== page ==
Galchen also considers the role that economic inequity and personal prejudice played in the continuation of the witch hunts. The choral quality of the novel doesn’t create a big world for Katharina so much as it sets the limits that a woman like herself faces: widow, wealthy, empowered, intelligent, and independent. As Katharina comes to the end of her life, the townspeople chatter endlessly and cast harsh judgments. Katharina’s approach to life is not only out of step with the tradition of the time, but also a reminder of this could be, if only economic barriers and social expectations weren’t so oppressive.

Moving from a chapter of interior observation to extracts from testimonials from city residents, Galchen creates a rhythm that maintains the engagement of an otherwise simple story. Like a witch-hunt story, Everyone knows your mother is a witch doesn’t cover entirely new ground – many readers might make immediate comparisons to Arthur Miller The crucible (1953). But in form and technique, Galchen’s choral approach elevates the novel and presents Katharina’s ordeal as a timeless example of how intelligent and independent women are routinely silenced and suppressed.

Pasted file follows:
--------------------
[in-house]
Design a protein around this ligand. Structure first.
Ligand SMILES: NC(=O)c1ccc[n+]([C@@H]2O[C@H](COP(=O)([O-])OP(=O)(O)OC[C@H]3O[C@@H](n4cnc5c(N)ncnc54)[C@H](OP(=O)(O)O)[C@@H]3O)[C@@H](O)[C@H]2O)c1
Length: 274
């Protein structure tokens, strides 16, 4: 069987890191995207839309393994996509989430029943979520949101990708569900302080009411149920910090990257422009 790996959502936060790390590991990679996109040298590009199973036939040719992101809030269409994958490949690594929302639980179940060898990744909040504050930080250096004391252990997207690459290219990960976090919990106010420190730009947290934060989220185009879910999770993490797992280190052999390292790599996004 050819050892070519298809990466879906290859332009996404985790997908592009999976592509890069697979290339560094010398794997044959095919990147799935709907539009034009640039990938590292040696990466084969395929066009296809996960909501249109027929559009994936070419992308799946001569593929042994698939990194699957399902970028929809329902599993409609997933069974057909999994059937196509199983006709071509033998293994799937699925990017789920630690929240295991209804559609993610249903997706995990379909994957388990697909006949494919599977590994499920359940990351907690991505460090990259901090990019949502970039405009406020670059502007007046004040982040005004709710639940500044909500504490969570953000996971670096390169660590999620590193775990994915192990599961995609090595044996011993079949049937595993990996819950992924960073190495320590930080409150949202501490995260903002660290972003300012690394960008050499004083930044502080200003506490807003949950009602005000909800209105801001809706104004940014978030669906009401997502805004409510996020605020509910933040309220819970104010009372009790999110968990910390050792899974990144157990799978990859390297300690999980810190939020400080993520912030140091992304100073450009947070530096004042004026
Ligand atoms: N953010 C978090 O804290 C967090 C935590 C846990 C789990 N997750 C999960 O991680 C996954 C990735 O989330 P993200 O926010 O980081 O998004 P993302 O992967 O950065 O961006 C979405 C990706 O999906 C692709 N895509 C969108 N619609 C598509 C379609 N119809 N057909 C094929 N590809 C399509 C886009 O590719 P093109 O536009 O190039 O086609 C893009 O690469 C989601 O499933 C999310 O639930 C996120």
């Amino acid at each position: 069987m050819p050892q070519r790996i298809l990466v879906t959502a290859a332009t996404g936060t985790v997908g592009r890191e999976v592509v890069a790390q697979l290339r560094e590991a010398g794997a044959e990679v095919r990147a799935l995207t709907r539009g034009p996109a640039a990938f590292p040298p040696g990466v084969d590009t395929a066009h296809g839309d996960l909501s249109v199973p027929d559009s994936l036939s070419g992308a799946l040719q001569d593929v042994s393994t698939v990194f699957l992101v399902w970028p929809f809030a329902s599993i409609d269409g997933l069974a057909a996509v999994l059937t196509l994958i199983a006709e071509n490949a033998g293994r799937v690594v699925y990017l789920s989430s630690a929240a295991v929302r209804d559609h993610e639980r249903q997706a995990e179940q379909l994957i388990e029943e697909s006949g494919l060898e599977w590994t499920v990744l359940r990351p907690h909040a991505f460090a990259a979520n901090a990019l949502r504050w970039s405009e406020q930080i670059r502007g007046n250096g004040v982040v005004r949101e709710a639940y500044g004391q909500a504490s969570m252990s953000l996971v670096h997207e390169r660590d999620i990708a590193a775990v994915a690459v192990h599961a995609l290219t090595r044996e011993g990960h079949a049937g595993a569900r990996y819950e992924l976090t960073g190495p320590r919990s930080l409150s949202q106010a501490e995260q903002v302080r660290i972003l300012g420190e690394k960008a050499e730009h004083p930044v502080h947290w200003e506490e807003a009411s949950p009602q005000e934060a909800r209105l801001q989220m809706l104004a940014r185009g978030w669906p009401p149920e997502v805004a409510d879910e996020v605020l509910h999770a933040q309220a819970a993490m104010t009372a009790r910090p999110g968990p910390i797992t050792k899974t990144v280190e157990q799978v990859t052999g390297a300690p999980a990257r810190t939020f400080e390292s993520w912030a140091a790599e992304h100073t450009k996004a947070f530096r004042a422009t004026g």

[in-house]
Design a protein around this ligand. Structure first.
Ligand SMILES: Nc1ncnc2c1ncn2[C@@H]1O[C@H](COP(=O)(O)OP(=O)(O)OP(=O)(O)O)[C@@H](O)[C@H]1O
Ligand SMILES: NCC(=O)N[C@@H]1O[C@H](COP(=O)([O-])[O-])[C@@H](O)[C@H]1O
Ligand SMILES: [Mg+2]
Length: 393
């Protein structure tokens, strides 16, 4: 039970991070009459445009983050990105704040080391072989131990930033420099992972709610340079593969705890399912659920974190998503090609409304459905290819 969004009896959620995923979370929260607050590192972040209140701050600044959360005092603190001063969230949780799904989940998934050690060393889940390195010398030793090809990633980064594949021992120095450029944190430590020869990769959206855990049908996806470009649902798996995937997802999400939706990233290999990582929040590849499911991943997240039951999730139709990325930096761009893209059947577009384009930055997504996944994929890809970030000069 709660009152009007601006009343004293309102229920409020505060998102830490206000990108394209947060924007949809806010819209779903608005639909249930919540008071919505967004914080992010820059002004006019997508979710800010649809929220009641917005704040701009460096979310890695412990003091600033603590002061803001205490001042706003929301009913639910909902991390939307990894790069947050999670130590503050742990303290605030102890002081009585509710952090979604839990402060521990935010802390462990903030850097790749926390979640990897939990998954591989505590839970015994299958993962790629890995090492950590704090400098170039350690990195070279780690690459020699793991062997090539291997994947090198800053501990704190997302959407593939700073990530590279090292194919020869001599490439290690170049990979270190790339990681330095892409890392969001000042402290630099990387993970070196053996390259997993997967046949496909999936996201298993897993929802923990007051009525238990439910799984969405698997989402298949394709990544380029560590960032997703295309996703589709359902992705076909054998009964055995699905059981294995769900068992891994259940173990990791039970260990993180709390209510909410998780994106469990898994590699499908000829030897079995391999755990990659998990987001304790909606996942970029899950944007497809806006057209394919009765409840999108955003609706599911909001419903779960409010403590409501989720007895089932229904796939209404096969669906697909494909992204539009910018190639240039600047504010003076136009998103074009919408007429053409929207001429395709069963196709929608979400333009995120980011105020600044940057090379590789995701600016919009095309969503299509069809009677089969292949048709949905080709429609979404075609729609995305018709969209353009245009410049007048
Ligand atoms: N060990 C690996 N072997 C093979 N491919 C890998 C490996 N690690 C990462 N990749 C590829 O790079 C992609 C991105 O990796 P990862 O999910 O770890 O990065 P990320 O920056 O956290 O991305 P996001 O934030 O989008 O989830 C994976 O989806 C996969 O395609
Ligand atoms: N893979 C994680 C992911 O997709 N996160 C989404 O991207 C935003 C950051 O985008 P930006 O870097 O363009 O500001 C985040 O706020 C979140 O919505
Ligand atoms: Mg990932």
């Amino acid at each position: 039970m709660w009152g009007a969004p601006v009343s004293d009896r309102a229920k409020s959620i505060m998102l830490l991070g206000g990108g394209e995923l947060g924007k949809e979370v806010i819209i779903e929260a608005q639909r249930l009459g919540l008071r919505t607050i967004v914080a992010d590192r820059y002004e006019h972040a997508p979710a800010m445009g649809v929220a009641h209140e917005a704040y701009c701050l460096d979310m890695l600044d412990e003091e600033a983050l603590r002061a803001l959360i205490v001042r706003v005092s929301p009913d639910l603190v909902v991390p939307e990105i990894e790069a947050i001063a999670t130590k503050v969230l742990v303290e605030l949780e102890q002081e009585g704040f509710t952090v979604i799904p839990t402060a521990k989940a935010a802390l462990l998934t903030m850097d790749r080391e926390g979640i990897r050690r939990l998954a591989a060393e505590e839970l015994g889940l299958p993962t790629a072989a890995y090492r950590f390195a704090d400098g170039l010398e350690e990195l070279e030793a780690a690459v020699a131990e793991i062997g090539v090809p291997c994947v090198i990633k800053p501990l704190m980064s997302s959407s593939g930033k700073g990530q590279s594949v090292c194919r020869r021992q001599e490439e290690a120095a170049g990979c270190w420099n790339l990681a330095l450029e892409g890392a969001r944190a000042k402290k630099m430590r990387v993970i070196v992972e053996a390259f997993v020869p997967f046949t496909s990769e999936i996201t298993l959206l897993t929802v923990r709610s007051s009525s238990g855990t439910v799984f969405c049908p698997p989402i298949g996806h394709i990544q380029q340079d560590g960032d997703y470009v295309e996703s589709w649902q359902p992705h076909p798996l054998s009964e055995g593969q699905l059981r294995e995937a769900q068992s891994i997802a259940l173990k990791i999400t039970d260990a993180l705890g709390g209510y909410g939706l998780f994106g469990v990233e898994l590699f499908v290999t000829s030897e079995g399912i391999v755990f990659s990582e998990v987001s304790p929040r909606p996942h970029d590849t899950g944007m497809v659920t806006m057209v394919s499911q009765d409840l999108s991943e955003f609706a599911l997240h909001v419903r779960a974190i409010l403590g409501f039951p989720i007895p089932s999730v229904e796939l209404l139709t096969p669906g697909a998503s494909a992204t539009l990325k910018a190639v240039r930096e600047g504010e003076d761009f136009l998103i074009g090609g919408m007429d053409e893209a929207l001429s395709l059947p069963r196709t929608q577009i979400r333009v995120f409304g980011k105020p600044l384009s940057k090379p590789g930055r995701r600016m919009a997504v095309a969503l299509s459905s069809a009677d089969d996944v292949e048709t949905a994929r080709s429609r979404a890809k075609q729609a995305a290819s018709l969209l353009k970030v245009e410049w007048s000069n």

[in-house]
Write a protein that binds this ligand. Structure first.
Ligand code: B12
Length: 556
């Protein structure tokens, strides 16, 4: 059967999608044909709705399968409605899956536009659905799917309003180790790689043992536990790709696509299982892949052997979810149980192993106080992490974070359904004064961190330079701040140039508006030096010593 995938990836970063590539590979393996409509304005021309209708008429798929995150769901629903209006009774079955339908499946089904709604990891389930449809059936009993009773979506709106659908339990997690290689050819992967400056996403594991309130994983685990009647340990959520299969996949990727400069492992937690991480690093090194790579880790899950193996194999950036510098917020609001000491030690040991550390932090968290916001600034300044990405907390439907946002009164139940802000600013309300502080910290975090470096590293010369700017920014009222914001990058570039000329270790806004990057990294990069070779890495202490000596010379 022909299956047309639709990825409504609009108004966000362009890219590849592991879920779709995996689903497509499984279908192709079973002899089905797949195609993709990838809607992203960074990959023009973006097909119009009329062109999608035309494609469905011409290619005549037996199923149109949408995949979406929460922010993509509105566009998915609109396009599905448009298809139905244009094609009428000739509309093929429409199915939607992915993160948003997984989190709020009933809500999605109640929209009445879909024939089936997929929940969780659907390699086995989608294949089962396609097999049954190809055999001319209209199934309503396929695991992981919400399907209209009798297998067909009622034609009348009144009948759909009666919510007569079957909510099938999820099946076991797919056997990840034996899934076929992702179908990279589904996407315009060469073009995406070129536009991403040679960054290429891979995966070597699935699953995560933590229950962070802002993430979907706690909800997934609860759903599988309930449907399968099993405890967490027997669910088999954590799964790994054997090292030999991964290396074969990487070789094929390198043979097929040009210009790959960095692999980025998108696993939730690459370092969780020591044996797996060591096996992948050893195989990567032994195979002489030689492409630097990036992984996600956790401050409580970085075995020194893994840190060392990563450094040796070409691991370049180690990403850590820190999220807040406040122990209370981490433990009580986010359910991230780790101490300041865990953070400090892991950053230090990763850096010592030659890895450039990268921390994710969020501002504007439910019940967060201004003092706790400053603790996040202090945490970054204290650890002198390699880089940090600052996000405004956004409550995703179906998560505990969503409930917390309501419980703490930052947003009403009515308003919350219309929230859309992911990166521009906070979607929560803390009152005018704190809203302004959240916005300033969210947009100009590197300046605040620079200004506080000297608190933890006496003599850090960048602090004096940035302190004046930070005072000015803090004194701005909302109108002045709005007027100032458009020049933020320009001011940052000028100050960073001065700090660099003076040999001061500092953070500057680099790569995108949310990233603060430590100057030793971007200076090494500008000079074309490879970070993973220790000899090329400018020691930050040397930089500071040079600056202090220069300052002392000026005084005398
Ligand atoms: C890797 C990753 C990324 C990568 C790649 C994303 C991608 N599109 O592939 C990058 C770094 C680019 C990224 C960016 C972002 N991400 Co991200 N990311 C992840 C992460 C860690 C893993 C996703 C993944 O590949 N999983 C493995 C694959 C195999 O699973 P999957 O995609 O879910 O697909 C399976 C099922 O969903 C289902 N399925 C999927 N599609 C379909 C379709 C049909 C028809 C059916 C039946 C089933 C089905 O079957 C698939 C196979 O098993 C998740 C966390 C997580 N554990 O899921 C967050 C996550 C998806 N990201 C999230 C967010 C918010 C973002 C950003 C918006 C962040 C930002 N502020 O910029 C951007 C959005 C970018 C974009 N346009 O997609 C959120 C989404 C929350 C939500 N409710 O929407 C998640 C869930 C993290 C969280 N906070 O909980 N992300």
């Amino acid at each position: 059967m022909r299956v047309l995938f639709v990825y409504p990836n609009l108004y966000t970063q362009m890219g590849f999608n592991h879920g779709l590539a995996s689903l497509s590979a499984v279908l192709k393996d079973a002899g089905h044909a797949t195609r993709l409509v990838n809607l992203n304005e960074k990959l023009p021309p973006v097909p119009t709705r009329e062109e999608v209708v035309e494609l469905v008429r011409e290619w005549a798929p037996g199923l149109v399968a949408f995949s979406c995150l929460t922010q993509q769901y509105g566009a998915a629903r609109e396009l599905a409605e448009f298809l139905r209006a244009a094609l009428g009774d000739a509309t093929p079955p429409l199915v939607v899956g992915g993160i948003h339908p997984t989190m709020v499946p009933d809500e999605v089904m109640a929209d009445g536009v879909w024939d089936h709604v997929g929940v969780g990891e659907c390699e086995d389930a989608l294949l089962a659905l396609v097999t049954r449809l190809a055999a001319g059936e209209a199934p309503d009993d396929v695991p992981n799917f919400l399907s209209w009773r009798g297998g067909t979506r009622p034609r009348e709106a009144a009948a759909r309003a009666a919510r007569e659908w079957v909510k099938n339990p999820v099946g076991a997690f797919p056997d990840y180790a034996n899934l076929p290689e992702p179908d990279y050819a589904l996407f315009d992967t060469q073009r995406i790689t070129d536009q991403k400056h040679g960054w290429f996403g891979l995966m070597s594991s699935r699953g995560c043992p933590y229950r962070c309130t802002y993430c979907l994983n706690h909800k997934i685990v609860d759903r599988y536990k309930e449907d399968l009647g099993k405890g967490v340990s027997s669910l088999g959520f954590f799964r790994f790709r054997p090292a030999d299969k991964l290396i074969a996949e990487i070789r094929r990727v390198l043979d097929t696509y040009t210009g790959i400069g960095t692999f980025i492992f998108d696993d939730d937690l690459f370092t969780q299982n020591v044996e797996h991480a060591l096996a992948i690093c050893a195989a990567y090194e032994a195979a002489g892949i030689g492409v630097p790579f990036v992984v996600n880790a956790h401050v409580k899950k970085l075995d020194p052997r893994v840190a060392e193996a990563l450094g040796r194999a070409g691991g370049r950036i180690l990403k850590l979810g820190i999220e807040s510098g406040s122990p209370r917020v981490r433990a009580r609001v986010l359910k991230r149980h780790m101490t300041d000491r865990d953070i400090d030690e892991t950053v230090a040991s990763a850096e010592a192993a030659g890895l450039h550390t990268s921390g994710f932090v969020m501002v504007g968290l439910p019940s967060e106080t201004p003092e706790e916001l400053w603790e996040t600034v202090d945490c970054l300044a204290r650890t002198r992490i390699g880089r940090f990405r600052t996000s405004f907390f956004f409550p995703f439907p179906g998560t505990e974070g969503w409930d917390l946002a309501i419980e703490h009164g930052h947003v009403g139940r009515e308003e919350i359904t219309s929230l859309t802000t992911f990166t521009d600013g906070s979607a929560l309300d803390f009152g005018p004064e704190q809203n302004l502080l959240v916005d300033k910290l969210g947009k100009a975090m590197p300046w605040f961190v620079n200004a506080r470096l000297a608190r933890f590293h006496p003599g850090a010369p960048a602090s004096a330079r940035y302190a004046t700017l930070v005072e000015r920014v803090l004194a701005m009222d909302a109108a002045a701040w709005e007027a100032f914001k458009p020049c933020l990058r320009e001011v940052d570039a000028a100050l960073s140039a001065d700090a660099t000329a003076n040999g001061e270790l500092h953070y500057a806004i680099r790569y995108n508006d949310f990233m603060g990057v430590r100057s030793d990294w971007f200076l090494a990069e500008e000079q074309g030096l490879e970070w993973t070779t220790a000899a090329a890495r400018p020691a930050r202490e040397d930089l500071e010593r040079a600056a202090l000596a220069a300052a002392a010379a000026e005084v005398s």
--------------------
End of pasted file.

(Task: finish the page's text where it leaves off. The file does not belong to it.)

Galchen deliberately illustrates the complexities and contradictions of Katharina. Our protagonist is a bright, humorous and snobby busy person who indulges in the same kind of gossip that ultimately gets her jailed. She is cavalier when it comes to sharing her opinions, which often take the form of sharp jokes. But Galchen juxtaposes the less admirable aspects of her personality with a sense of lassitude towards the world and a tendency towards motherly caring, two traits that were shaped by the untimely deaths of three of her seven children (“I had watched my own infants die ”) and the disappearance of another child, Heinrich, who“ ran away to become a soldier ”at the age of 16. Heinrich “lived to adulthood, [but is] to heaven ”at the time of the trial; “Hans, Christoph and Greta are still there. “

Throughout the trial she appears outwardly calm and confident, but her narration reveals that she is still riddled with grief, remembering the time when Heinrich, who “had been away from Leonberg for some twenty-five years”, returned. , shortly before his death. “Suite of fevers and confusion”: